Washington moving to Phase 1B of vaccine rollout plan, will now include anyone 65 and older

OLYMPIA, Wash. — Washington State will immediately move to Phase 1B of its coronavirus vaccine rollout plan, which has been expanded to include anyone ages 65 and older.

Governor Jay Inslee announced the changes Monday, noting that 80 percent of COVID-19 deaths in Washington have occurred among people over the age of 65.

“Our vaccine prioritization reflects the need to protect these individuals quickly,” Inslee said. “This makes it possible for more people in risk categories to access the vaccine now and aligns with the latest guidance from the CDC.”

Those who are eligible under Phase 1B – which also includes people over the age of 50 living in multigenerational homes – can find when and where they can get vaccinated in a few ways.

The first is through their primary care provider. Partners and providers have plans in place for patients and will either contact them electronically or by phone when vaccines are available.

Additionally, the state’s online PhaseFinder app will soon show locations of where the vaccine has been delivered, including clinics, hospitals and pharmacies. Patients will need to reach out to those providers about setting up appointments. Inslee said that 2,400 pharmacies have signed up with the intention to provide vaccines.

The state has also set a goal to administer 45,000 vaccinations each day. The goal is higher than the current vaccine allocation from the federal government, but Inslee said trying to meet this goal now will help get the infrastructure in place as doses increase.

Additionally, starting Monday, 95 percent of future vaccine allocations are required to be administered in the first week of receipt. Vaccines already sent to counties have to all be given out by January 24.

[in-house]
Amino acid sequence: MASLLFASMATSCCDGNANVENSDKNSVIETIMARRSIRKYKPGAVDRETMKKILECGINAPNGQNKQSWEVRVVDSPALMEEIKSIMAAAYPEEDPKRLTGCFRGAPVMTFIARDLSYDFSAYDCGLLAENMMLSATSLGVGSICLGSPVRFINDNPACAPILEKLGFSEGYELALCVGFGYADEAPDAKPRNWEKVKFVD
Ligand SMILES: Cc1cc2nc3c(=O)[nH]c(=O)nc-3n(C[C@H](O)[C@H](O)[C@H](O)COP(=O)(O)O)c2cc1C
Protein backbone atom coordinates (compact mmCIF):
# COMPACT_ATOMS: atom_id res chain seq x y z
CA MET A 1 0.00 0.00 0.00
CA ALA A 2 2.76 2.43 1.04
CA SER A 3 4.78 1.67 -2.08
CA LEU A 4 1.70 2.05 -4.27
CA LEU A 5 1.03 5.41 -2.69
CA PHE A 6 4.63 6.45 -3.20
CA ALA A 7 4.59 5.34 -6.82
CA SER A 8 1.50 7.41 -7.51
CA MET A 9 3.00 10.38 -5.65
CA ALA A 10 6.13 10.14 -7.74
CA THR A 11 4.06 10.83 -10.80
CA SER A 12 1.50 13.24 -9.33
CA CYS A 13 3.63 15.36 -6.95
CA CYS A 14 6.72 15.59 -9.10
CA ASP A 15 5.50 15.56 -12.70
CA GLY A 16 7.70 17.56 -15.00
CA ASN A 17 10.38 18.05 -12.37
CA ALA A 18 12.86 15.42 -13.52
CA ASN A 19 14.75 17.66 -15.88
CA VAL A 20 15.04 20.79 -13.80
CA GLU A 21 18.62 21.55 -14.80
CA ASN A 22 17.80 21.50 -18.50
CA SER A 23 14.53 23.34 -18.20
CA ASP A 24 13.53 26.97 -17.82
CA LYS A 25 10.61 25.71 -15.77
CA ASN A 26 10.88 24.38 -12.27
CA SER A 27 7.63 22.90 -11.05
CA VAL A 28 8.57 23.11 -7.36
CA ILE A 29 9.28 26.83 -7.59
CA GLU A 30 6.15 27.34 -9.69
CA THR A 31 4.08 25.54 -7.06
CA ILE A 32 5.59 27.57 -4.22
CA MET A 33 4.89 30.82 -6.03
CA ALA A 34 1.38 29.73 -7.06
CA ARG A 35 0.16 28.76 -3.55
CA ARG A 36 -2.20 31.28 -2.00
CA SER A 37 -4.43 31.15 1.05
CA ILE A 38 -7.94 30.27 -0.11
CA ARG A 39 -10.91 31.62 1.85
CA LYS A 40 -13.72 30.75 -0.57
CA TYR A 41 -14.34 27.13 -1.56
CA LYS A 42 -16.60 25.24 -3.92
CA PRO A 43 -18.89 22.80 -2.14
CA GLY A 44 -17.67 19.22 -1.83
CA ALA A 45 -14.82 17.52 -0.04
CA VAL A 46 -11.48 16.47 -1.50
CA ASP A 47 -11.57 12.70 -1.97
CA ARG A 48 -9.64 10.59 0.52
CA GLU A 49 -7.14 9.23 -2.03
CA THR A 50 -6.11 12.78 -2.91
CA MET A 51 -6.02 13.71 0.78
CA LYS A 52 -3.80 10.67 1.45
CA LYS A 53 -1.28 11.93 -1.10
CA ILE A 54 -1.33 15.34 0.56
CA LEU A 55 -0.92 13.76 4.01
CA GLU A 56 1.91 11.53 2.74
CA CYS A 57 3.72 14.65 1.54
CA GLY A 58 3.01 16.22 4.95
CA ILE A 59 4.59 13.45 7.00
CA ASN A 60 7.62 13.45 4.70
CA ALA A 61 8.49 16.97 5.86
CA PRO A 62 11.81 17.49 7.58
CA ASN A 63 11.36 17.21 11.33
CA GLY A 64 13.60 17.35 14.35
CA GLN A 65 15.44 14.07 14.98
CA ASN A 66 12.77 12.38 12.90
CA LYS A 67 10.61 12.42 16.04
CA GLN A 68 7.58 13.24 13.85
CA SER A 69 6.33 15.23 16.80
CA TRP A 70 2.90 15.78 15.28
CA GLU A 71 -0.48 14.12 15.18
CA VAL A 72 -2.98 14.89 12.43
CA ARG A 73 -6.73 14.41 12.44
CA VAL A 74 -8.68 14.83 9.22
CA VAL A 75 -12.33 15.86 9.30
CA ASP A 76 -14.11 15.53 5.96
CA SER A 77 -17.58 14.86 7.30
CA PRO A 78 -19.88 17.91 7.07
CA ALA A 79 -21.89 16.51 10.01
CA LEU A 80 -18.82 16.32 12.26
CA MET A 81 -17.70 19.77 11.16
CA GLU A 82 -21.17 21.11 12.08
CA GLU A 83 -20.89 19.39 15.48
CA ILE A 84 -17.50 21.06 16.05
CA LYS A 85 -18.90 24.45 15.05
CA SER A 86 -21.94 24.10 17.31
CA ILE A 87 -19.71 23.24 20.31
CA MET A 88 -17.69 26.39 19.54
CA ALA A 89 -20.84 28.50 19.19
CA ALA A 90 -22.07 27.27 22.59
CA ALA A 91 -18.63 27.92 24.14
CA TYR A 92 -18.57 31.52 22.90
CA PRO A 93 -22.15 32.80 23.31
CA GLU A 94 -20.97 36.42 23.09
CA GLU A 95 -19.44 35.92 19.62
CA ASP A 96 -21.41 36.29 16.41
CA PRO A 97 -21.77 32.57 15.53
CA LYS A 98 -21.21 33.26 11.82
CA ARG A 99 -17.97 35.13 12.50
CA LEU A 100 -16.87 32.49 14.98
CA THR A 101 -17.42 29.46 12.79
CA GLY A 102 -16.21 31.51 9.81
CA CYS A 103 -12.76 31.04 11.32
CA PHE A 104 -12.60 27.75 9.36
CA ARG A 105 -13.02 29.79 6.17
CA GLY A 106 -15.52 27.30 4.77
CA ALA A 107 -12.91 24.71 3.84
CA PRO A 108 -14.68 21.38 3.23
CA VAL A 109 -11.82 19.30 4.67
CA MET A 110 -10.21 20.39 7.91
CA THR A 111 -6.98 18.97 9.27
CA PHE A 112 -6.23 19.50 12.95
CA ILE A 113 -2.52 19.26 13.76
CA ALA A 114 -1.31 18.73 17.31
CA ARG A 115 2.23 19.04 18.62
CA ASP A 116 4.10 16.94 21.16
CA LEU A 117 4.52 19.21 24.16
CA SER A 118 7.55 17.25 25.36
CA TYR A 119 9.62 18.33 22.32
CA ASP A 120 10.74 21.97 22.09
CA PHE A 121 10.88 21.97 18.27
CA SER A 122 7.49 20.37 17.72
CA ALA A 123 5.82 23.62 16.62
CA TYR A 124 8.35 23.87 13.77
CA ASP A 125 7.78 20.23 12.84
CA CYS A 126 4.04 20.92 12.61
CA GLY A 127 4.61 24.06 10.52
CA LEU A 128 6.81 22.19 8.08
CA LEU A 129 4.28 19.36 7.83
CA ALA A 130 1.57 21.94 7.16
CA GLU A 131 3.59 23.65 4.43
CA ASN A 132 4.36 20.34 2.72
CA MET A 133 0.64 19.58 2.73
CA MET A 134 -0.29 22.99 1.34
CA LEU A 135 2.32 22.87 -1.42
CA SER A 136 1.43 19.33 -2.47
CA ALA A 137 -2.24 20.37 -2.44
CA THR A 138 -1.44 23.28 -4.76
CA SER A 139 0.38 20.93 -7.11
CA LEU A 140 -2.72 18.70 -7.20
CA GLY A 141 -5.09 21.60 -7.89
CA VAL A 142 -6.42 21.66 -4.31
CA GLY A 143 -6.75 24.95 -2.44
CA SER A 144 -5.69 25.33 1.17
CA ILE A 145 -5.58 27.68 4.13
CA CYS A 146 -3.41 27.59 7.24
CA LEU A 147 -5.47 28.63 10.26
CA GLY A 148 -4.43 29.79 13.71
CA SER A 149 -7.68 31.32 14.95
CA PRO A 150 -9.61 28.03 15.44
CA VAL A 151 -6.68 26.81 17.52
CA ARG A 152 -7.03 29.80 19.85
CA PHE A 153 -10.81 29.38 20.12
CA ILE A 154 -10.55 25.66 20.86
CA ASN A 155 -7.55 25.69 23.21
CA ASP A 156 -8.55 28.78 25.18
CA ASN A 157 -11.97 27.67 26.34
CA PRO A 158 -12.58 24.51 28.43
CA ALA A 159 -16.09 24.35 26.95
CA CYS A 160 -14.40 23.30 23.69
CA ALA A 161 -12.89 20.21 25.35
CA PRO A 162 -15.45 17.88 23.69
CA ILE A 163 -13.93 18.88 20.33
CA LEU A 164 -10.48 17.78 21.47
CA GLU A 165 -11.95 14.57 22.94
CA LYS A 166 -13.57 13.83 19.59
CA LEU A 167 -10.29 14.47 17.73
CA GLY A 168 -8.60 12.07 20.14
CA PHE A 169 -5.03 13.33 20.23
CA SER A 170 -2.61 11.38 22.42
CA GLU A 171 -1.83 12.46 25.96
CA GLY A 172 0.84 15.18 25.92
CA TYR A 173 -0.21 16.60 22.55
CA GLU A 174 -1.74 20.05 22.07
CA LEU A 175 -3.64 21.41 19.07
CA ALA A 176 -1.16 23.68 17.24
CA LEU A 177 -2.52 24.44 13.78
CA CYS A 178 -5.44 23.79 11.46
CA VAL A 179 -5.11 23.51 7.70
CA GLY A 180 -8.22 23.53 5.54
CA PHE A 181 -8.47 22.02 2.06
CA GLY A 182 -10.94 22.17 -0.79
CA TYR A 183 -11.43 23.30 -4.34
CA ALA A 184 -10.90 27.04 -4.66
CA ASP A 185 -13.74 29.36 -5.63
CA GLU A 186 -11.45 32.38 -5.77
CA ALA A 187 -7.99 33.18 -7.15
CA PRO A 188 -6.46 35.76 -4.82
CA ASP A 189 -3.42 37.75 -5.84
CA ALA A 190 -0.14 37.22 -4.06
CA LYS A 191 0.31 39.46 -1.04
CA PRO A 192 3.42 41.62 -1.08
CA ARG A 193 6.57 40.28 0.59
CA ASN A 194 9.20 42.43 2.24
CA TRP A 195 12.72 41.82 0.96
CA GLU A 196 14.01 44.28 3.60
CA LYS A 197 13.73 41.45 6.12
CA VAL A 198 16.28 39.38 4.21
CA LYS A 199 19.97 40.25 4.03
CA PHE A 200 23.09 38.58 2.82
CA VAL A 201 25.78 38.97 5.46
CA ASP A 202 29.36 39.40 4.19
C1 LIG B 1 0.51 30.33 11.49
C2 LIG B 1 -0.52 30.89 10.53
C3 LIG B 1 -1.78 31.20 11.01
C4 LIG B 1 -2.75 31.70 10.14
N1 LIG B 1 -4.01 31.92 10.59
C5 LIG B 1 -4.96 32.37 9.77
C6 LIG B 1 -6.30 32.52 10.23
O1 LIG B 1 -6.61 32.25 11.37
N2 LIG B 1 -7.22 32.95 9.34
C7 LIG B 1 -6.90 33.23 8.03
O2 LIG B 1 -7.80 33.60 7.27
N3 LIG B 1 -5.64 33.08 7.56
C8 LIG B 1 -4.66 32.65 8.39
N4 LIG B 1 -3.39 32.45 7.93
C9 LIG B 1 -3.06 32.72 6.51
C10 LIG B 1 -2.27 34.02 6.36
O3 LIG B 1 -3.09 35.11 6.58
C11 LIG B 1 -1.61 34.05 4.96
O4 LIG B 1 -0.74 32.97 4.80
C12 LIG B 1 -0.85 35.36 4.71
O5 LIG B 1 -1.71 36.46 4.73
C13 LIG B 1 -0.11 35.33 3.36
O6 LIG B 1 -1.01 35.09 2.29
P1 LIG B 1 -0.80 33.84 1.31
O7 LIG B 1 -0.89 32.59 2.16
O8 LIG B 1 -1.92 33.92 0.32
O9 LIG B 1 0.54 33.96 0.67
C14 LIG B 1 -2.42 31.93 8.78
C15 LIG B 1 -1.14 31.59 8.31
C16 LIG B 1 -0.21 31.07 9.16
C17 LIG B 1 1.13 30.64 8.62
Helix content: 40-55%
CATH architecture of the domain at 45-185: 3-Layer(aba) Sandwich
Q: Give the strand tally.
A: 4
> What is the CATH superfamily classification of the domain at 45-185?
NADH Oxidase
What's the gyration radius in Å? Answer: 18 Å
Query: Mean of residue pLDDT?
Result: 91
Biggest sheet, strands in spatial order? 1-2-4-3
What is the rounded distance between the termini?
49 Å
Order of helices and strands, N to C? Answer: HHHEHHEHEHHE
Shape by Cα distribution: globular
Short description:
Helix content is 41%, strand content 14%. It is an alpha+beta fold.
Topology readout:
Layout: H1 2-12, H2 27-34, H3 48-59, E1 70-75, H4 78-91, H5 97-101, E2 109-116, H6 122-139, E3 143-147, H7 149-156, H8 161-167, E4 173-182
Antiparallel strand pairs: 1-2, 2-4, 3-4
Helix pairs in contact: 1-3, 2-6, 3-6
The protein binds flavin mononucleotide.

“There are simply too many people who need access to COVID vaccines for this process to lag any further,” Inslee said.

To assist with that goal, the state is setting up vaccination sites across the state, including one at the Spokane Arena. That site is expected to open next week. The National Guard and other resources will be called in to help.

Once about half of the people in Phase 1B Tier 1 receive their vaccines, the state will move on to the next tier of four.

In Tier 2, people eligible will be high-risk essential workers 50 and older. Essential workers include farmers, correctional officers, teachers, grocery store workers and more.

To date, the state has given out about 294,000 vaccines. That’s about 42 percent of the state’s vaccines.

According to the Spokane Regional Health District, its received 3,400 vaccines and will get another 1,900 this week. The district said 90% of its vaccines have been administered.

Inslee also announced a state “Vaccine Command and Coordination Center,” which will be led by the Department of Health and in partnership with business, health care and labor leaders. The team will coordinate available resources to administer more vaccines across the state and in the most efficient way possible.

The team includes the following:

  • Kaiser Permanente: Planning/delivery of mass vaccination
  • Starbucks: Vaccine to customer logistics and communications
  • Microsoft: Technology expertise and support
  • Costco: Vaccine delivery by pharmacies
  • SEIU1199NW: Coordination of volunteer vaccinators
  • UFCW 21: Staffing/training coordination
  • WSNA: Safety and health consultation

Inslee stressed that there are too many people who need access to the vaccine for the process to lag any further.

RELATED: Washington DOH outlines next phase of vaccine rollout plan

READ: Spokane Arena to be mass COVID-19 vaccination site